At a time that Nigeria is facing intractable security challenges, there cannot be a better time than now to boost manpower in the Nigerian armed forces. Thus, it is cheering news that the Federal Government has approved mass recruitment into the armed forces and the nation’s other security agencies. With the unrelenting onslaught of the Boko Haram sect and the rising general insecurity in the country, increasing the manpower of our security agencies is certainly a step in the right direction.
Not only will the coming massive recruitment give fillip to the war against terrorism in the country, it will also decongest our labour market that is already bursting at the seams. We definitely need more men to contain and curtail civil disturbances, ethnic tension, terrorism, insurgency and the attendant bloodshed threatening to eclipse the nation. Now, recruitment into the nation’s armed forces will now hold twice a year, unlike in the past when it was done once.
However, the best way to guarantee a successful and effective recruitment exercise is to put in place structures that will accommodate the expected number of recruits. Requisite facilities for training should be upgraded to meet up with international 21st century standards for the training of military and security personnel. Soldiers are not manufactured on factory assembly lines and civilians cannot become fully trained soldiers overnight. We are aware that the process takes a certain amount of time, but this is certainly an emergency. To increase the number of those to be recruited, there is need to increase the structures for recruitment because recruitment and training will be simultaneous.
We want to emphasise, however, that this coming recruitment must be treated with all sense of seriousness. It must be done transparently and with integrity. This is no time to politicize the selection of candidates. This is also not the time to accept lists from politicians, or deny fit and able Nigerians the opportunity to serve their fatherland, just to please some people on the corridors of power.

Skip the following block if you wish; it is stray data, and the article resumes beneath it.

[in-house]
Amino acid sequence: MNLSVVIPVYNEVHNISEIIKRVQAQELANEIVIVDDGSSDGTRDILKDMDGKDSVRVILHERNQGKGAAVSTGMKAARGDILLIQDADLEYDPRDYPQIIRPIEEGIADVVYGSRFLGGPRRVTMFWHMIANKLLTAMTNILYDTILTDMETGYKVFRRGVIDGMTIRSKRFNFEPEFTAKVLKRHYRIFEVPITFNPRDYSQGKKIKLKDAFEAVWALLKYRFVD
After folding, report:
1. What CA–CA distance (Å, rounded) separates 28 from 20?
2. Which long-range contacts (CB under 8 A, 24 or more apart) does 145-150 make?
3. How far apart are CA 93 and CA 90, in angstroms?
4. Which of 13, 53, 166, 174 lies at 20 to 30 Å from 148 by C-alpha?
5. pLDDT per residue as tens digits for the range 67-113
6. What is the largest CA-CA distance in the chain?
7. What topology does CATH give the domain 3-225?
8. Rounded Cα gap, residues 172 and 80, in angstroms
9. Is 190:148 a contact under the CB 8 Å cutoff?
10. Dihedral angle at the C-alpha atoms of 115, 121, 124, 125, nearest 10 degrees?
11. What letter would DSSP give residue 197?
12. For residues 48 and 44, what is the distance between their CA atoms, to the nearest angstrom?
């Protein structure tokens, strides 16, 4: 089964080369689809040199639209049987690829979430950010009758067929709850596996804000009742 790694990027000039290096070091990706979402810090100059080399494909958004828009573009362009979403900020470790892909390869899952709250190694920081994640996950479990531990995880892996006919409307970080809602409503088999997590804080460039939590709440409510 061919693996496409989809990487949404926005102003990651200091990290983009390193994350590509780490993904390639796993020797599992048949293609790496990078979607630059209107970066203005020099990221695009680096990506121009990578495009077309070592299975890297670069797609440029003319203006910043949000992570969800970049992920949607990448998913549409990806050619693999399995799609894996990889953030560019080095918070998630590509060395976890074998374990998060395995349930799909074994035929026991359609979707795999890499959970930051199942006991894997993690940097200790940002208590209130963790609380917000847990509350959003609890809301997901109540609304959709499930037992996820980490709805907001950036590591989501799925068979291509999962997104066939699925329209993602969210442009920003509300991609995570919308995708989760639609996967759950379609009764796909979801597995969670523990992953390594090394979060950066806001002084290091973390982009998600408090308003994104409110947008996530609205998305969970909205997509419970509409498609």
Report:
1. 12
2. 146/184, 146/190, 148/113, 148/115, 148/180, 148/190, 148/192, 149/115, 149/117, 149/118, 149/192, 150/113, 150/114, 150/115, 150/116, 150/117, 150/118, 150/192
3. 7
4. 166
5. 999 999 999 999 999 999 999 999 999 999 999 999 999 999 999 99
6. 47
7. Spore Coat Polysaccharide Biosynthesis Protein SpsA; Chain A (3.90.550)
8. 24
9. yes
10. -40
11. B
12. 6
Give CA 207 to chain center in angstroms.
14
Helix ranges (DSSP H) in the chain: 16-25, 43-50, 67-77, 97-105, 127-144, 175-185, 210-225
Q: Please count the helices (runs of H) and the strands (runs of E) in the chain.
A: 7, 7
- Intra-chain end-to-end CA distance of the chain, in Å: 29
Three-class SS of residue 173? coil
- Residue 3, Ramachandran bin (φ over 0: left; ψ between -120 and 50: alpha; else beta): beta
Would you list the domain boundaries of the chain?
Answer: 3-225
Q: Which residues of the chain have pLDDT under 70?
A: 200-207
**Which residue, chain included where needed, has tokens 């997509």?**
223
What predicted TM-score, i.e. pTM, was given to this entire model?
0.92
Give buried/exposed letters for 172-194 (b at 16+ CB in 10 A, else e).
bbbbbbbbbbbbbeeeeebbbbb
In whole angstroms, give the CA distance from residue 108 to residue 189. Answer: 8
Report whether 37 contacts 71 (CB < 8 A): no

This is not an opportunity for serving or retired military brass to bring in their “boys” at the detriment of merit. The quality of the men we recruit today into our security agencies will definitely impact on our future and the security of the nation.
There must be proper screening to avoid recruiting those who will undermine our security system and apparatus. With the way things are in the country, we cannot be too careful in ensuring that this exercise is not infiltrated by insurgents and those who have sympathy for them. Those in charge of the recruitment must know that Boko Haram elements within and outside our borders, as well as people with other criminal tendencies, will attempt to infiltrate and compromise our security at this time. This is a sensitive exercise and the trainers must keep their eyes on the ball and stay focussed throughout the exercise.
We also use this opportunity to caution the military to learn from the mistakes and the tragedy of the last recruitment exercise of the Nigerian Immigration Service (NIS). Recruitment into our security agencies, we believe, is about manning our security posts, and not a money-making venture.
We must, therefore, not outsource the exercise to any organisation outside of the security agencies. This is not a business venture, and any attempt to swindle unemployed Nigerians who want to join the security agencies should be severely punished.
Applicants for positions in the military and the other security agencies should be treated with dignity. They are Nigerians and should not be subjected to any belittling arrangement like the NIS one that left many dead and scores injured. The exercise should be well coordinated and managed within the limits of what is acceptable in the more developed countries.
Still, as we put more men on the job to bring back peace to our land and force terror back, we must never lose sight of the place of intelligence gathering in this war against terrorism. Brawn is good but a combination of brain and brawn is a more effective strategy in any battle.
And, when all is said and done and new officers graduate from training, we urge that they be deployed judiciously. Situations where soldiers are deployed for duties meant for other security agencies have gone on long enough. It is time we started doing things the way they should be done both in conflict and peace times.